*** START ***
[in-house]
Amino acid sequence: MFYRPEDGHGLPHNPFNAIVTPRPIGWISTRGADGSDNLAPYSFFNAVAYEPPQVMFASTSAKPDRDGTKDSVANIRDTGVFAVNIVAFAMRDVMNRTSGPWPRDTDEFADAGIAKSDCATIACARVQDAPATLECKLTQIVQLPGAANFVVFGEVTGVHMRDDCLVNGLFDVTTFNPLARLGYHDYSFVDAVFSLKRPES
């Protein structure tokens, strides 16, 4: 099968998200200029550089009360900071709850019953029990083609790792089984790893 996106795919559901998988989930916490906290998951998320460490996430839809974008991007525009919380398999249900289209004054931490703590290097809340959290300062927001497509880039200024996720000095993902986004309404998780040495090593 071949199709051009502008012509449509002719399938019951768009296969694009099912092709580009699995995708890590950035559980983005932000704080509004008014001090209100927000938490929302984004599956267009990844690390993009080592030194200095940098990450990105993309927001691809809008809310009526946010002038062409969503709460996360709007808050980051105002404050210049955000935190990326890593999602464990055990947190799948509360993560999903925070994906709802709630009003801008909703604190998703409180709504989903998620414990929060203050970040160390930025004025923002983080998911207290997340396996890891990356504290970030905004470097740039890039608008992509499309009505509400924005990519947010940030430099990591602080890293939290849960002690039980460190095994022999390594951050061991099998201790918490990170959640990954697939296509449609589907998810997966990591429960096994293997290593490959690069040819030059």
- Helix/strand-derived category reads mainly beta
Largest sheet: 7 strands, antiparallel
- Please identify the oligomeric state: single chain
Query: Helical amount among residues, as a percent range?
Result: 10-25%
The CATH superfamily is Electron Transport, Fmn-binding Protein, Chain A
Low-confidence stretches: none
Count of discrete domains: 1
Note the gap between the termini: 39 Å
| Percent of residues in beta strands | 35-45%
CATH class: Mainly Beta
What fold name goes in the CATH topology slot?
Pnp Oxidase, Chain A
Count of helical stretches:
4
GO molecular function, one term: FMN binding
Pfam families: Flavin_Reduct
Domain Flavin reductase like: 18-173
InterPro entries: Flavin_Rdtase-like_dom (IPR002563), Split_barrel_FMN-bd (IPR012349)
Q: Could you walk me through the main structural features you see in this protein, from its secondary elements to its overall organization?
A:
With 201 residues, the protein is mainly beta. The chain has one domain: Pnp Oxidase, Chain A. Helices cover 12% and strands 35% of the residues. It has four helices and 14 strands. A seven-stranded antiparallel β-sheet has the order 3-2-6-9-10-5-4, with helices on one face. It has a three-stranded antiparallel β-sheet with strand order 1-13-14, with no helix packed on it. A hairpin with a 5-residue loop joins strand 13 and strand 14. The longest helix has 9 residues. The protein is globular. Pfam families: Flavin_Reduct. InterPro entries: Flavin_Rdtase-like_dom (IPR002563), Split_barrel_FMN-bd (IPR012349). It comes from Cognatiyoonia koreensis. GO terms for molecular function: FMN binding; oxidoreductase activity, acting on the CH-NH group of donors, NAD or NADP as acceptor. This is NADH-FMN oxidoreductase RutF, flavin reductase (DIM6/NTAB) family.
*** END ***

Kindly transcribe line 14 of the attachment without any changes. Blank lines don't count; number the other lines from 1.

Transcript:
CATH class: Mainly Beta